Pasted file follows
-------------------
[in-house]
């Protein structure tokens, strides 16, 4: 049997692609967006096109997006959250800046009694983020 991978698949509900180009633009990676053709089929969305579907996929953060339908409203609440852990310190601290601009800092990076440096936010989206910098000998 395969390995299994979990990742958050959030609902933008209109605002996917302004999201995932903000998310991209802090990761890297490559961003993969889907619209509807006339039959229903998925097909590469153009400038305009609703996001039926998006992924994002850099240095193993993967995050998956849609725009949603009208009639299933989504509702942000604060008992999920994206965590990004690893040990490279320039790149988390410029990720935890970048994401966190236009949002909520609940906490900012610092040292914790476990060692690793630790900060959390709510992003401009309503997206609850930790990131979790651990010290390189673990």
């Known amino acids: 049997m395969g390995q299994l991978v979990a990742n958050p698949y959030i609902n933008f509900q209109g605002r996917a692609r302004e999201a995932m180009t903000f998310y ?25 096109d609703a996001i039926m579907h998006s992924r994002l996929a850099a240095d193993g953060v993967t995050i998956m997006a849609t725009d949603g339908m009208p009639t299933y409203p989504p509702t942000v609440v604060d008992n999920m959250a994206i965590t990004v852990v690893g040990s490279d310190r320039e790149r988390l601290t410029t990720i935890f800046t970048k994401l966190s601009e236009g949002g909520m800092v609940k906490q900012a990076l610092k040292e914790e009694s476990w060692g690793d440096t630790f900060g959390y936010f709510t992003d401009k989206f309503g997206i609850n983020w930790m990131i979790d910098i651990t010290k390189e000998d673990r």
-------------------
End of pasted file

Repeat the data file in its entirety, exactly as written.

[in-house]
């Protein structure tokens, strides 16, 4: 049997692609967006096109997006959250800046009694983020 991978698949509900180009633009990676053709089929969305579907996929953060339908409203609440852990310190601290601009800092990076440096936010989206910098000998 395969390995299994979990990742958050959030609902933008209109605002996917302004999201995932903000998310991209802090990761890297490559961003993969889907619209509807006339039959229903998925097909590469153009400038305009609703996001039926998006992924994002850099240095193993993967995050998956849609725009949603009208009639299933989504509702942000604060008992999920994206965590990004690893040990490279320039790149988390410029990720935890970048994401966190236009949002909520609940906490900012610092040292914790476990060692690793630790900060959390709510992003401009309503997206609850930790990131979790651990010290390189673990």
């Known amino acids: 049997m395969g390995q299994l991978v979990a990742n958050p698949y959030i609902n933008f509900q209109g605002r996917a692609r302004e999201a995932m180009t903000f998310y ?25 096109d609703a996001i039926m579907h998006s992924r994002l996929a850099a240095d193993g953060v993967t995050i998956m997006a849609t725009d949603g339908m009208p009639t299933y409203p989504p509702t942000v609440v604060d008992n999920m959250a994206i965590t990004v852990v690893g040990s490279d310190r320039e790149r988390l601290t410029t990720i935890f800046t970048k994401l966190s601009e236009g949002g909520m800092v609940k906490q900012a990076l610092k040292e914790e009694s476990w060692g690793d440096t630790f900060g959390y936010f709510t992003d401009k989206f309503g997206i609850n983020w930790m990131i979790d910098i651990t010290k390189e000998d673990r």